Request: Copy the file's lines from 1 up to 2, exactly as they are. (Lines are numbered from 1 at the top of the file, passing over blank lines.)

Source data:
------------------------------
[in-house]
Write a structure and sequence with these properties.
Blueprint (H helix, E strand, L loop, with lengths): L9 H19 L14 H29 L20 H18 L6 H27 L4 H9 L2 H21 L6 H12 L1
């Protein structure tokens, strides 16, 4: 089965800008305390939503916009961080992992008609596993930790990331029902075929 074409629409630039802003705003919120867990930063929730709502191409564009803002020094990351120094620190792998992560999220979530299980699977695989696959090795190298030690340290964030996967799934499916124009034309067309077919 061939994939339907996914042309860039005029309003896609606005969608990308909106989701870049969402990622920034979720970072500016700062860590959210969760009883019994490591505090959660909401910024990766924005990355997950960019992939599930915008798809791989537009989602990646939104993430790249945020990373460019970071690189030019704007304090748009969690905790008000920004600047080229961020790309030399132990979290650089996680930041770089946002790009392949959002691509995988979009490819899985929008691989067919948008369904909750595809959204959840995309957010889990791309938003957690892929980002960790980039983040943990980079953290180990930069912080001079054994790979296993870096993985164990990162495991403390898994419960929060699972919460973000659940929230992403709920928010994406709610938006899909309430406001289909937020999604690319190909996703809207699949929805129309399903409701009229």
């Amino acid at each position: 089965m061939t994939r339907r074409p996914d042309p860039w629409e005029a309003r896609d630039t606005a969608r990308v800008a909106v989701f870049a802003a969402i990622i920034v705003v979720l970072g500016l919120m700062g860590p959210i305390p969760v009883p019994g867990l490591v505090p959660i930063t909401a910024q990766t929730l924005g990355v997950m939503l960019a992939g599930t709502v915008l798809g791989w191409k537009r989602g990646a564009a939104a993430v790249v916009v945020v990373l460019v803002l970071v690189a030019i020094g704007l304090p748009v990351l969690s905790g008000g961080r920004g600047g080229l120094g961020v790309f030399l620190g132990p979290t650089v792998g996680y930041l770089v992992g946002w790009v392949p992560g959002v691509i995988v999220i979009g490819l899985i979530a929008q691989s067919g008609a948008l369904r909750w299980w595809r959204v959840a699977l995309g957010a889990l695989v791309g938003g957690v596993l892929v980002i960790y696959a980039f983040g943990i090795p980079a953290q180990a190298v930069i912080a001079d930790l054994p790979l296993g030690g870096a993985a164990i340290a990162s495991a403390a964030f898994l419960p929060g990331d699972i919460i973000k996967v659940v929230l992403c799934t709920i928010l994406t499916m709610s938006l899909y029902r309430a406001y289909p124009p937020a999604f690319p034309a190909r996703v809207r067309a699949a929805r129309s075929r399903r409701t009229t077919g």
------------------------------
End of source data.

[in-house]
Write a structure and sequence with these properties.